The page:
FEATURES,  View from the Water

Take your (open water) swims when you can

There’s a saying among swimmers that you “never regret a swim”. I don’t know if that’s an infallible truth but there’s certainly some wisdom in it.
Last weekend Jonathan and I were representing team H2Open at the Great North Swim in Windermere. We arrived late Thursday night, spent Friday morning setting up and then both took part in the 5km swim before spending the rest the day on our feet talking to other swimmers and selling magazines.
By six we were exhausted but, on Colin Hill’s (of Chillswim) recommendation, decided to go up to Rydal Water for another (more relaxing) swim. I’ve never been before but had heard good things. I wasn’t disappointed. We parked on the east side and followed a footpath around the northern end to a stony beach on the western shore. Rydal Water is relatively shallow and much smaller than Windermere, and Friday had been a hot sunny day. We measured the water temperature at around 18 or 19 degrees, a good (and very noticeable) two to three degrees warmer than Windermere. A relaxed swim around one of the islands was the perfect cure from the aches and stiffness resulting from a day on my feet.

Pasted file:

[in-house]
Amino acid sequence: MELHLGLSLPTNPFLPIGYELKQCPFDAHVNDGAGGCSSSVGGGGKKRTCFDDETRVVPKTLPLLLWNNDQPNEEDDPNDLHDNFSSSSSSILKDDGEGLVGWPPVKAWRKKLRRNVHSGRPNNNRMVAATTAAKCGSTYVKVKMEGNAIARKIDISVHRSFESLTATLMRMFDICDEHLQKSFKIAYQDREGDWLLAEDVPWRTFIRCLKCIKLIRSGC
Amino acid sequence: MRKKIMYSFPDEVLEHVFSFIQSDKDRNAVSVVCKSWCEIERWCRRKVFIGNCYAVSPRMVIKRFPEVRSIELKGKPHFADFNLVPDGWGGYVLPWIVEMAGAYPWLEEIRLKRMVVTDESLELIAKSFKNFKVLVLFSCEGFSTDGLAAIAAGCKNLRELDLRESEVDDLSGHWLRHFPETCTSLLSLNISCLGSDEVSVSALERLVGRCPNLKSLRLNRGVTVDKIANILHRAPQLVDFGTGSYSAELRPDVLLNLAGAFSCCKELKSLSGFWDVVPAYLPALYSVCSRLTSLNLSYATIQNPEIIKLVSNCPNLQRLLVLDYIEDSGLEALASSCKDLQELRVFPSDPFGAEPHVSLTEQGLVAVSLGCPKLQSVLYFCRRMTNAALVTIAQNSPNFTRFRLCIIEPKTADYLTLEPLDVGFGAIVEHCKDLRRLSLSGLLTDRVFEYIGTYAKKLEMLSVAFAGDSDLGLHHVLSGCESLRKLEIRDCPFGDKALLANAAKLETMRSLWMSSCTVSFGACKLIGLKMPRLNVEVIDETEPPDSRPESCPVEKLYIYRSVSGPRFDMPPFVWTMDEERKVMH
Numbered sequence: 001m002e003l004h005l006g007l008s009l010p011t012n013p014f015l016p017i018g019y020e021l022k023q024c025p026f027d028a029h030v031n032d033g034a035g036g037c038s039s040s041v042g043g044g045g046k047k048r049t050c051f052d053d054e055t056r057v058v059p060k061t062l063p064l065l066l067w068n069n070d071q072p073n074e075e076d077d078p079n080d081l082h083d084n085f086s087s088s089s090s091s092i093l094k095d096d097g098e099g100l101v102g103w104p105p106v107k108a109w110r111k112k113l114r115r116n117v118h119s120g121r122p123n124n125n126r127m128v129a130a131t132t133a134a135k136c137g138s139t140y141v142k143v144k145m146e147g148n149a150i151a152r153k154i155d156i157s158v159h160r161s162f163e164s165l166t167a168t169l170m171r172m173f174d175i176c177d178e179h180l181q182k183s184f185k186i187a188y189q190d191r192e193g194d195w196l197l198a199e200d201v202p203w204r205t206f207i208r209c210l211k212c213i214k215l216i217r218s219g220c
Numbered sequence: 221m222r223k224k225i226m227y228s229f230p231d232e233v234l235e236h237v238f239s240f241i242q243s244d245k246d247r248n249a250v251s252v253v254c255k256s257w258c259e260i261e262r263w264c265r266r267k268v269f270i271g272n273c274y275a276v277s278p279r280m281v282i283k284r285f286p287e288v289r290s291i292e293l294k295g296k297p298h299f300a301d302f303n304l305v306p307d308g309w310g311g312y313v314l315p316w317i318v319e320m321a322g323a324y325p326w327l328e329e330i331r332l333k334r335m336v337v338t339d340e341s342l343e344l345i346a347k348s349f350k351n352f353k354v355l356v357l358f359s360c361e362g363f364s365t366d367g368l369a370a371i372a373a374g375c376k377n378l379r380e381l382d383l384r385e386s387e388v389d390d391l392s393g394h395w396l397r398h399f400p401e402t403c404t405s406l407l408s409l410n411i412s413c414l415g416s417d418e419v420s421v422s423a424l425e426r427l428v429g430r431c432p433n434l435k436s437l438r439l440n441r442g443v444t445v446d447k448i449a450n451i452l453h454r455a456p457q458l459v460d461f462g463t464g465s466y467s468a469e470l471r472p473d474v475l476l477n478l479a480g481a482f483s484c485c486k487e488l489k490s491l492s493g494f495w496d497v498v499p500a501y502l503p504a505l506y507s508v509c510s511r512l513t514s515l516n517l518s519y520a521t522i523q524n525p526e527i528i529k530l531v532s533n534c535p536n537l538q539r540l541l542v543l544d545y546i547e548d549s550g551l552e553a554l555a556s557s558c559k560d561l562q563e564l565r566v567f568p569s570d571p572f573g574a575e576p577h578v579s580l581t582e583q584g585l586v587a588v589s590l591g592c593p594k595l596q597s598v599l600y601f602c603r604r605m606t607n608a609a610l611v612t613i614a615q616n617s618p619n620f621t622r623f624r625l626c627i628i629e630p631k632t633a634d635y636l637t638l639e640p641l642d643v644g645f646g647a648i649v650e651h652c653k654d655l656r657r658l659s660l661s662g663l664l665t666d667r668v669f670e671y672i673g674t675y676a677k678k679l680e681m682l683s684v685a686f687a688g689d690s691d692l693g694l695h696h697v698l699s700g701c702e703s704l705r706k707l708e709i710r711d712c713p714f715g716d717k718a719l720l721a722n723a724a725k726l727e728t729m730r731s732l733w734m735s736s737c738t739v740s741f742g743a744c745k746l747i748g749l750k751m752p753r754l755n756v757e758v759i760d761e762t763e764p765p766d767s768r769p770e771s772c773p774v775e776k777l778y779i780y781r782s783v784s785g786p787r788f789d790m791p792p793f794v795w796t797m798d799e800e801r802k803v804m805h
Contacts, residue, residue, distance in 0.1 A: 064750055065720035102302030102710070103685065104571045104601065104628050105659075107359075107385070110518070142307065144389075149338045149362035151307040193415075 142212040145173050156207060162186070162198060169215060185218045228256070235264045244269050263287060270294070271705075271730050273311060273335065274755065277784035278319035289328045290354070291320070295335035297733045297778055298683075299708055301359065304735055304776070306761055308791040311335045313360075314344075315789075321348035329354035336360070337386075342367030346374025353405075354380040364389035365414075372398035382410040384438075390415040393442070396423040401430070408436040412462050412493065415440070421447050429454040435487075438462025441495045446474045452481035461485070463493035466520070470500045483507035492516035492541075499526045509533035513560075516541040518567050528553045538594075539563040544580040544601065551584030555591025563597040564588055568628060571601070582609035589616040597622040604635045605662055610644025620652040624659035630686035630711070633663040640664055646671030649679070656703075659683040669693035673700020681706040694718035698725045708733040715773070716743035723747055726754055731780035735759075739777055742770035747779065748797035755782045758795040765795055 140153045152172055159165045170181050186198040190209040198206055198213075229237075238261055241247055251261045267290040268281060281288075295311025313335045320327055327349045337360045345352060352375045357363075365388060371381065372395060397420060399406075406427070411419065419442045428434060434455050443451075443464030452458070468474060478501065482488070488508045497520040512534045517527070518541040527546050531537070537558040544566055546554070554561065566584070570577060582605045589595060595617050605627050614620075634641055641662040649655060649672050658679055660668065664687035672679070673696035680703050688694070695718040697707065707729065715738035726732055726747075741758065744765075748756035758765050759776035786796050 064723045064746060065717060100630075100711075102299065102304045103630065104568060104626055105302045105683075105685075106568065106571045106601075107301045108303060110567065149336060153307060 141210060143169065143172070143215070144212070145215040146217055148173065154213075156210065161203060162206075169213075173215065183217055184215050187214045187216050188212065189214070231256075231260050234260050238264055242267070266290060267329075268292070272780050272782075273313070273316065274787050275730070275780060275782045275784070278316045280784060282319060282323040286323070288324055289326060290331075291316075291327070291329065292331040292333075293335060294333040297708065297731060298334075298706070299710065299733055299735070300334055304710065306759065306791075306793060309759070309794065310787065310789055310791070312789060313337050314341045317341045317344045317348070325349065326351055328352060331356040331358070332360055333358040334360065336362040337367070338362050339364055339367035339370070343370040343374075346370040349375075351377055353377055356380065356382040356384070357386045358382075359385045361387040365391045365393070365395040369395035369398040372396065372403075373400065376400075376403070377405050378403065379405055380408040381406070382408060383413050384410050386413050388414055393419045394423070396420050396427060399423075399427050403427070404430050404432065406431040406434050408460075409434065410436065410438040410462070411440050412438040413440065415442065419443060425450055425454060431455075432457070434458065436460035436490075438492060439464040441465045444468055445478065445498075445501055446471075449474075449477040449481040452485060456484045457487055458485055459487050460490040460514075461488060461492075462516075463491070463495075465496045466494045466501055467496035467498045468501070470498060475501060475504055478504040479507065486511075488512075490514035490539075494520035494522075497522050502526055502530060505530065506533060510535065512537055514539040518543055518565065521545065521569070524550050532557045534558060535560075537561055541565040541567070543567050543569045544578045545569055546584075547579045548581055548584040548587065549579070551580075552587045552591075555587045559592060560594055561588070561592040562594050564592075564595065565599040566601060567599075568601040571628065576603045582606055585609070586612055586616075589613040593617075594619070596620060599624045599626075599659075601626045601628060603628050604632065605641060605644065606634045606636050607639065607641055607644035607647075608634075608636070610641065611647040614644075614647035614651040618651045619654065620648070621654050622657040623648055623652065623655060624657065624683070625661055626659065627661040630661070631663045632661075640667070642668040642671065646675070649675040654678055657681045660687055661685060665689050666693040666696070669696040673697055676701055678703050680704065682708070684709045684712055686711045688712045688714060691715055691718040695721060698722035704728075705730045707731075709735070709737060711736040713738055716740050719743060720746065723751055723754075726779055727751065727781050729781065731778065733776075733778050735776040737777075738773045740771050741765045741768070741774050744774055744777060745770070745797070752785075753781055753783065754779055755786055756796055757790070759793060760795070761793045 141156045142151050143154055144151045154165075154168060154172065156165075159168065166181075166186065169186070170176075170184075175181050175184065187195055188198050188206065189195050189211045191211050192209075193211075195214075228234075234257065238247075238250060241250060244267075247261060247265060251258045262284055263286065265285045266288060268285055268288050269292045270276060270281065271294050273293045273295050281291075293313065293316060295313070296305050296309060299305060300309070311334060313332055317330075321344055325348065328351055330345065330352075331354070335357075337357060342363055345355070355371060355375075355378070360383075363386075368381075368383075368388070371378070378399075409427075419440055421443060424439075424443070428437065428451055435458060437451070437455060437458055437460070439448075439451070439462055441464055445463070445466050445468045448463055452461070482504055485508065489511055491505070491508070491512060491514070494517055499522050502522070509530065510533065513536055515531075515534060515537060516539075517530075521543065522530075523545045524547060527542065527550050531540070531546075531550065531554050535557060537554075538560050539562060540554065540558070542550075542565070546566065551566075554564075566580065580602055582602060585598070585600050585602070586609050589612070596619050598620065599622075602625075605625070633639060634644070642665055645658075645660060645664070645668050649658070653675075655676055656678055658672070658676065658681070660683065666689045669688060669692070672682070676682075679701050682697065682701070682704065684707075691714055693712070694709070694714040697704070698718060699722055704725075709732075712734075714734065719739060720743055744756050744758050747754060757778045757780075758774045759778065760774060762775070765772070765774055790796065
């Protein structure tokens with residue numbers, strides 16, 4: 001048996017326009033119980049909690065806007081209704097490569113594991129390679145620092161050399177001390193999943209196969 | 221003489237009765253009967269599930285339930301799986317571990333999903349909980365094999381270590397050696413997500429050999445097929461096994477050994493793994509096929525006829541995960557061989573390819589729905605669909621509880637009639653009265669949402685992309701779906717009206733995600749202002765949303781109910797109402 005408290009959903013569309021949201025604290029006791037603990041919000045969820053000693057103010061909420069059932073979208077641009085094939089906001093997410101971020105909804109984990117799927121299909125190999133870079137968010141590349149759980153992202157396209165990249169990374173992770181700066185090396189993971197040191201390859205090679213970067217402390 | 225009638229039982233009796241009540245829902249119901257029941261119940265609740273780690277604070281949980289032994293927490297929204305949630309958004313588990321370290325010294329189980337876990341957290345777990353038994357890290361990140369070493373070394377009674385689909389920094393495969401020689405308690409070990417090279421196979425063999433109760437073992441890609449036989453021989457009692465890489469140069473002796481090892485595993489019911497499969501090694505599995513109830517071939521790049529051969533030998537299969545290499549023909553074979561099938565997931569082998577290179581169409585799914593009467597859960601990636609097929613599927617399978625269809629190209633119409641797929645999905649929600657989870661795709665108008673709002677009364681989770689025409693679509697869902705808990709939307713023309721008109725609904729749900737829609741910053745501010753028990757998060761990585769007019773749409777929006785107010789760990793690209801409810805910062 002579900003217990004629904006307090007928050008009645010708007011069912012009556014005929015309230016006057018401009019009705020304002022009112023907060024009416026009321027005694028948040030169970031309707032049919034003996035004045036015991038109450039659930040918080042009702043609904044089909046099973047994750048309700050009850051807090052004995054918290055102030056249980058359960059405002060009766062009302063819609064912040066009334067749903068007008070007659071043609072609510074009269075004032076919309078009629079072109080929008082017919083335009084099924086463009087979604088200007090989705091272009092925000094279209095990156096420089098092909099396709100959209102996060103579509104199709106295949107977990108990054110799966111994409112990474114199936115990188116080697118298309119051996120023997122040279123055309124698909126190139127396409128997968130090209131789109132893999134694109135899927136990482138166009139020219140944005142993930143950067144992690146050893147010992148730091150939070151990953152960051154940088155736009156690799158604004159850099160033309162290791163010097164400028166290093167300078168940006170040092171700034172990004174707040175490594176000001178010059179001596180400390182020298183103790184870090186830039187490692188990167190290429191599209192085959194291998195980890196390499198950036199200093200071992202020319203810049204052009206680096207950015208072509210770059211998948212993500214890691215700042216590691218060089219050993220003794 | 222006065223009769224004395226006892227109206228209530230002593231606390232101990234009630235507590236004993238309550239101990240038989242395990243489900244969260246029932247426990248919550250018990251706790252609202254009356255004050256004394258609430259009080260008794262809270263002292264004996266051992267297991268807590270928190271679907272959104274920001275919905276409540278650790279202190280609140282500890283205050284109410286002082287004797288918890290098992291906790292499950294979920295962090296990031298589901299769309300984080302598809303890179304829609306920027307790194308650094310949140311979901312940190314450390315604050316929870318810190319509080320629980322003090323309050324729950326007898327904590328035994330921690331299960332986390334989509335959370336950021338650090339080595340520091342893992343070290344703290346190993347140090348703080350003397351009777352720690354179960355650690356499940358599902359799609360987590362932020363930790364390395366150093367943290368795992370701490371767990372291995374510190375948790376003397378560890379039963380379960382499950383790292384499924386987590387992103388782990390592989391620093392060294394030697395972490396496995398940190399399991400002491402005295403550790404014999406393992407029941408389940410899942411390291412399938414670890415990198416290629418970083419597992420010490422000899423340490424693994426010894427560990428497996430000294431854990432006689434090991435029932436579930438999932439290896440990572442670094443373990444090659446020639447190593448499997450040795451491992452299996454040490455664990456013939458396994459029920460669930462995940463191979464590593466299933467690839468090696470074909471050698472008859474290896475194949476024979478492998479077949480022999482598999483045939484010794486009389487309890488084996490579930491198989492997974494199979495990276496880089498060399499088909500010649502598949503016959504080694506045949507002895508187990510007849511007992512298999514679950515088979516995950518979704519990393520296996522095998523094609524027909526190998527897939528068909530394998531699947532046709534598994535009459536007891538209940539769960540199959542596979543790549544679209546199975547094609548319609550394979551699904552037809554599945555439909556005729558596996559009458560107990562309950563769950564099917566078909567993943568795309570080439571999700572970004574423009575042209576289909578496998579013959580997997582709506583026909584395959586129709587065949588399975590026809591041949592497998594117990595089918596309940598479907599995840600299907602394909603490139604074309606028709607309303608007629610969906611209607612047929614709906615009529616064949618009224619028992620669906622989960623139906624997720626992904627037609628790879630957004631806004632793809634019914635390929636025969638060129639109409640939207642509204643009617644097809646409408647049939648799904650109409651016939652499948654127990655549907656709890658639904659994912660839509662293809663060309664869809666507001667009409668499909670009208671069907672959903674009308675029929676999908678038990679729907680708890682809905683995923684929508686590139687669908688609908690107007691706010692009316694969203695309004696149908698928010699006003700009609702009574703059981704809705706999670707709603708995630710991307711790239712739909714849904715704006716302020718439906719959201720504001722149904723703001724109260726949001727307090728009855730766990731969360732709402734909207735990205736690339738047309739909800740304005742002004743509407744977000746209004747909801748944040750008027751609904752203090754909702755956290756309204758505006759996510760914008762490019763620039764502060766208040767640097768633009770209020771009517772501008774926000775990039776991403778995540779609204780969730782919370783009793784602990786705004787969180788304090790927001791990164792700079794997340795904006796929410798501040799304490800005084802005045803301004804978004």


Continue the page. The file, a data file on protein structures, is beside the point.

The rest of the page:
On Saturday, and most of Sunday, we were too busy to swim or take part in any of the other racing waves at the Great North Swim. Then, on Sunday afternoon, after we had packed up and were ready to drive back to London, we stopped for a fortifying coffee on the terrace at Langdale Chase Hotel, which is run by English Channel swimmer Thomas Noblett. There we were joined by Oceans Seven swimmer Adam Walker and the talk turned to whether or not we should take a dip before hitting the road. The conclusion – despite being tired and having a long way to drive – was that we should.
I don’t know how or why, but the water this time felt significantly colder than on Friday – maybe it was the comparison to Rydal Water or maybe it was just tiredness at the end of a long weekend. Still, in we went, ended up splashing around for 15 or 20 minutes, and came out feeling fresh and ready to tackle the six-hour drive back to London.
Both of those swims could have been avoided with any number of excuses. Both required a physical and mental effort to get to, and both were one hundred percent worth doing. It is quite often the case that we miss out on swims because of the barriers in getting there. Britain’s Lake District is particularly conducive to open water swimming but even there you may have to overcome some mental inertia or make some physical effort to reach the water.
The next time you have an opportunity to swim somewhere amazing, even if you’re tired or it requires a bit of effort to get in the water, do your best to make it happen. I can’t promise you won’t regret it, but I’m pretty certain you’ll be glad you did.
Image: Rydal Water

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I created Outdoor Swimmer in 2011 (initially as H2Open Magazine) as an outlet for my passion for swimming outdoors. I've been a swimmer and outdoor swimmer for as long as I remember. Swimming has made a huge difference to my life and I want to share its joys and benefits with as many people as possible. I am also the author of Swim Wild & Free: A Practical Guide to Swimming Outdoors 365 a Year and I provide one-to-one support to swimmers through Swim Mentoring.